The South African Depression and Anxiety Group hosted a press event with an international speaker, Professor Anthenelli – a Professor of Psychiatry from the University of California, who spoke about the relationship between smoking and mental illness with the focus strictly on nicotine.
Some important questions were asked and myths were busted, these are some of the issues that were raised:
Nicotine and addiction.
Addiction is defined by the World Health Organization as “repeated use of a psychoactive substance or substances, to the extent that the user is:
- periodically or chronically intoxicated,
- shows a compulsion to take the preferred substance(s),
- has great difficulty in voluntarily ceasing or modifying substance use,
- exhibits determination to obtain psychoactive substances by almost any means, and
- tolerance is prominent and a withdrawal syndrome frequently occurs when substance use is interrupted.”
Why do people smoke?
Parental influence, peer pressure, risk-taking behaviour, self-medication/stress relief, advertising/media influence and some people have a genetic disposition towards addiction which makes it hard for them to resist the habit.
Why is it so difficult to stop smoking?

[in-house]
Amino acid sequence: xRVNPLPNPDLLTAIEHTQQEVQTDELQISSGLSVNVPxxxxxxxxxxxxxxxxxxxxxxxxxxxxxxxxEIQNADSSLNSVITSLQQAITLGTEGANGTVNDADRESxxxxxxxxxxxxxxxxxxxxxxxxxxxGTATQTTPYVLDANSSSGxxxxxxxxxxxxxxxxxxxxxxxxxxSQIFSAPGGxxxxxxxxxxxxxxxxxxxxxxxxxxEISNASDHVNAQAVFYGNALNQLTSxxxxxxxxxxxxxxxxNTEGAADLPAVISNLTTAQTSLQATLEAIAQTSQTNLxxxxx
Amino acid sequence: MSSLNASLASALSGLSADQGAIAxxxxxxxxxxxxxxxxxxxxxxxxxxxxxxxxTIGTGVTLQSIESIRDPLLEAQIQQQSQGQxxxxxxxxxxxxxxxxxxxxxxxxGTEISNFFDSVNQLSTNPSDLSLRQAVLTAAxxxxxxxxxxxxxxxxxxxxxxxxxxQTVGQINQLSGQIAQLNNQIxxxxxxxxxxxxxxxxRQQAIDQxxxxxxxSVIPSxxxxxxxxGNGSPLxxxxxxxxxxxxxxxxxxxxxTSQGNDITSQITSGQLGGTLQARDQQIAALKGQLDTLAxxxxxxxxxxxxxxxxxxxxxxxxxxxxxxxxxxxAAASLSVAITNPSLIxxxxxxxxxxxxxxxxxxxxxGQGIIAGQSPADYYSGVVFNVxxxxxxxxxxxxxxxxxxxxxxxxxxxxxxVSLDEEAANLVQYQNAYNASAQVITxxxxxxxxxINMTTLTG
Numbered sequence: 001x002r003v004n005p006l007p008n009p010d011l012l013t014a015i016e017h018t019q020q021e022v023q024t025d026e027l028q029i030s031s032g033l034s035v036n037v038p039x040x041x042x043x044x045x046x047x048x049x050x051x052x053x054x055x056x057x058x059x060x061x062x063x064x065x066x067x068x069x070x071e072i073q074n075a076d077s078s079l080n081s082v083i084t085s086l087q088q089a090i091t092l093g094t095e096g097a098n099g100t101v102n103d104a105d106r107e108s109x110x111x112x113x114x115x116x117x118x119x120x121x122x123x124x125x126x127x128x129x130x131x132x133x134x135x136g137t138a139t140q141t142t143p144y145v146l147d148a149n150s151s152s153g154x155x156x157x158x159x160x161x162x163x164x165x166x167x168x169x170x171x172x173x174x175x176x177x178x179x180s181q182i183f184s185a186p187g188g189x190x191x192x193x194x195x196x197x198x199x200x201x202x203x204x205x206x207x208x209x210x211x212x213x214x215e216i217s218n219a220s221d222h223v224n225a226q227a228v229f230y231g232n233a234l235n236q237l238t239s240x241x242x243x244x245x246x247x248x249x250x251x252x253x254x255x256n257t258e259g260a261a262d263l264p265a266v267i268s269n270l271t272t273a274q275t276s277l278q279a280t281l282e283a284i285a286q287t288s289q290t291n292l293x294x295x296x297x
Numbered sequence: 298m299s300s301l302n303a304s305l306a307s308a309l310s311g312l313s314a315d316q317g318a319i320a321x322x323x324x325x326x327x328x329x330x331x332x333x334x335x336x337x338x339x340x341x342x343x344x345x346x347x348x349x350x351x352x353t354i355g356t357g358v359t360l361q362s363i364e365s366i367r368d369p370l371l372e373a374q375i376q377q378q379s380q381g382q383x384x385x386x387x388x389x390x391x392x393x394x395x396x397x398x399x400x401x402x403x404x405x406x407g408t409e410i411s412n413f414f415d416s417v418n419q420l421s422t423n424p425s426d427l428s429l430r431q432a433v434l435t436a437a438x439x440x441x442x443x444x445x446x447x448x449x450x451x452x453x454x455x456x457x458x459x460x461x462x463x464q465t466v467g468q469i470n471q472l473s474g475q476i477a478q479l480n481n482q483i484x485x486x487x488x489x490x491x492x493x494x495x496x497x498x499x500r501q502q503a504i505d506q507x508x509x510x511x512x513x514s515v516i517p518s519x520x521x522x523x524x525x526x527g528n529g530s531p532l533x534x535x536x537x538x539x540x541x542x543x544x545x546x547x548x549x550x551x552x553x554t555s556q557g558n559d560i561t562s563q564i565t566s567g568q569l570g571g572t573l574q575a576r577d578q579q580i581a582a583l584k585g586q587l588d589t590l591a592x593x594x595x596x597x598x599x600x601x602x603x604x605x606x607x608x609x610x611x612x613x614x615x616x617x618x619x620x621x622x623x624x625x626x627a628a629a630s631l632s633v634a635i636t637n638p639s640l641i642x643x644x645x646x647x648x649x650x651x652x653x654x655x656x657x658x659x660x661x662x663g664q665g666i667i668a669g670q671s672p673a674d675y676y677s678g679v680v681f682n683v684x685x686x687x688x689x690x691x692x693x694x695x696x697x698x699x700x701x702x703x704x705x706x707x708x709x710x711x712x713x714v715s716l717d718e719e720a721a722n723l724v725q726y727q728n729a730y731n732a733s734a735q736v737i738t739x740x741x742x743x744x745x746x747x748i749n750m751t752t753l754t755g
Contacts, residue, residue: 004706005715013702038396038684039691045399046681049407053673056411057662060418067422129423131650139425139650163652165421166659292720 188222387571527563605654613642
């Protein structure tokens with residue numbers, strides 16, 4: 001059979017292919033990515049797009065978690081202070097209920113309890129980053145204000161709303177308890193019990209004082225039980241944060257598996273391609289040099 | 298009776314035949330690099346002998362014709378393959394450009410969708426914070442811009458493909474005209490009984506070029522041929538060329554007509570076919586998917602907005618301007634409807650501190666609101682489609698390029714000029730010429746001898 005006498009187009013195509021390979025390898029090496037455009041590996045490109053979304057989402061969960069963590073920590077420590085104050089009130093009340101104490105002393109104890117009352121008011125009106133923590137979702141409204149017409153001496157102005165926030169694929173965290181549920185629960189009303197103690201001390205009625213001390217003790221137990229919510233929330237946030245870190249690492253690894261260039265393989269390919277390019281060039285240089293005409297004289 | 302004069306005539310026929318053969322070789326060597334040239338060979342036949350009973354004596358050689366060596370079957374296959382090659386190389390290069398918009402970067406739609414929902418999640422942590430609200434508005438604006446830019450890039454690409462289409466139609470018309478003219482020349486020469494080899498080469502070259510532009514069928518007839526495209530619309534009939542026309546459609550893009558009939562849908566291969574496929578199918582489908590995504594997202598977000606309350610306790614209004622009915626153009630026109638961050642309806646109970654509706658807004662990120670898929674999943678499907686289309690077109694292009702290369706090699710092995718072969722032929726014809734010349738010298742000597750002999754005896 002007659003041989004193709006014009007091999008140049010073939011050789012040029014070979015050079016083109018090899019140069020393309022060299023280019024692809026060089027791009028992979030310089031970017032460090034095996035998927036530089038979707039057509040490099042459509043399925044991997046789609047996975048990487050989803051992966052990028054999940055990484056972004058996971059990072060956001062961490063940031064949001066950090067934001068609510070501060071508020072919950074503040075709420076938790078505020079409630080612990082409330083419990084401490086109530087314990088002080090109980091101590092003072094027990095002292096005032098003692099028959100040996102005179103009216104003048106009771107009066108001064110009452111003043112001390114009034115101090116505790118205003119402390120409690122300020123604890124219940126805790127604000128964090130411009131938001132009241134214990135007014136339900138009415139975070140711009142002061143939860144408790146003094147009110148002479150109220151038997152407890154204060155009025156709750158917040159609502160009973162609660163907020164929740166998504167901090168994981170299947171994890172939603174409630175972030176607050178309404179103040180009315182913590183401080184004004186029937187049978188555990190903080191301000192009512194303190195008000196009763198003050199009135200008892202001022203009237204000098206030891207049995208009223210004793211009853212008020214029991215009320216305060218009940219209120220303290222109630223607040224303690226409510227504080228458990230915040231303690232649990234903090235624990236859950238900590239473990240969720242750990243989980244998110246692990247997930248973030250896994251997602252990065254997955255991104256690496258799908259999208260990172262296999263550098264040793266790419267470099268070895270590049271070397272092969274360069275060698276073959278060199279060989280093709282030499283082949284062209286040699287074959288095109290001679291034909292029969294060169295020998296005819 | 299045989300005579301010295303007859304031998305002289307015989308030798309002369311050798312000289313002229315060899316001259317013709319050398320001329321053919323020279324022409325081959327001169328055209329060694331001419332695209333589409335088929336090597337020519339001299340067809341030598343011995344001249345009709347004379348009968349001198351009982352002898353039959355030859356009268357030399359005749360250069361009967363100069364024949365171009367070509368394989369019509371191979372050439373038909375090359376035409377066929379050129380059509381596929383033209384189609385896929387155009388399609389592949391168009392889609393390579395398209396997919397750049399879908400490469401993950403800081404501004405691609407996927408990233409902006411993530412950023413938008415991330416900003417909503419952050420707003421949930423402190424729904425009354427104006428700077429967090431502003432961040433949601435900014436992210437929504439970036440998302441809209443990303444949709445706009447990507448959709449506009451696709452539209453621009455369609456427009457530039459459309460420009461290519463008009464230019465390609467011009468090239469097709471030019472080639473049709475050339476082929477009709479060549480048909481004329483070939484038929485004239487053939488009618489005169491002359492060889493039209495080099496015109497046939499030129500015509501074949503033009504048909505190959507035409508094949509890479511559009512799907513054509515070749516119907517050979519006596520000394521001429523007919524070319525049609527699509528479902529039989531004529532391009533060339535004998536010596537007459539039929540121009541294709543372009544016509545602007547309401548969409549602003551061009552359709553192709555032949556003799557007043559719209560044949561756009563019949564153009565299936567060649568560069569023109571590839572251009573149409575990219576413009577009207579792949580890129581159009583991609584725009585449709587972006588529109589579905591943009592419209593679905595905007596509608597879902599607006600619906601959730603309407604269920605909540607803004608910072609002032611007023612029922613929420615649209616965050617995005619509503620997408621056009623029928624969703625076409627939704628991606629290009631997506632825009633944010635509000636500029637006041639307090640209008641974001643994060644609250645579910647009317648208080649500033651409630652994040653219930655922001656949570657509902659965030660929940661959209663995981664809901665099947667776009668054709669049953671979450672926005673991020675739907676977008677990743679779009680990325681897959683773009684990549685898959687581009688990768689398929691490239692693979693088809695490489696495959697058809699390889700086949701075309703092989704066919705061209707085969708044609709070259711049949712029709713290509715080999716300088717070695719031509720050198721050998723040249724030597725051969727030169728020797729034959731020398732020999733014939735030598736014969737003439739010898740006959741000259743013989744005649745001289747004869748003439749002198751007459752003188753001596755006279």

According to the World Health Organization, one person dies every six seconds due to tobacco. That is six million people a year, making tobacco the leading cause of death in the world. With that in mind, why do people still continue to smoke?
Difficulty in quitting is a sign of addiction. Tobacco dependence is an addictive disorder, with nicotine being the addictive substance. The other reason is that when smokers try to quit, they go through withdrawals which include symptoms ranging from craving for nicotine, irritability, anxiety, difficulty concentrating, restlessness, sleep disturbances, decreased heart rate, and increased appetite or weight gain.
Some are afraid that if they quit they will get addicted to something else. “That is incorrect, just because someone has an addiction does not mean that when they stop they have to get addicted to something else.” said Prof. Anthenelli.
So, what is the relation between smoking and mental illness?
Smoking rates are higher among people with mental illnesses, such as depression, schizophrenia or bipolar. They find it harder to quit and have more severe withdrawal symptoms. It is unclear whether depression leads to smoking or if smoking leads to depression. The relationship between the two is complex.
What about second-hand smoke?
Second-hand smoke is just as dangerous. Of the six million deaths caused by tobacco, more than 600 000 are the result of non-smokers being exposed to second-hand smoke.
Ways to quit?
Nicotine Replacement Therapy is a collective name for a range of products containing small amounts of nicotine that are designed to help people stop smoking. These products include: nicotine gum, patches, inhalers and lozenges.
“There’s counselling for tobacco cessation but one of the most effective ways to quit smoking is through social support” – Prof. Anthenelli.
Food for thought, hope this information makes you think of your health and well-being, even if it helps one of you to quit smoking or even stops you from taking that first drag!
Feature image by Nick DeLuca.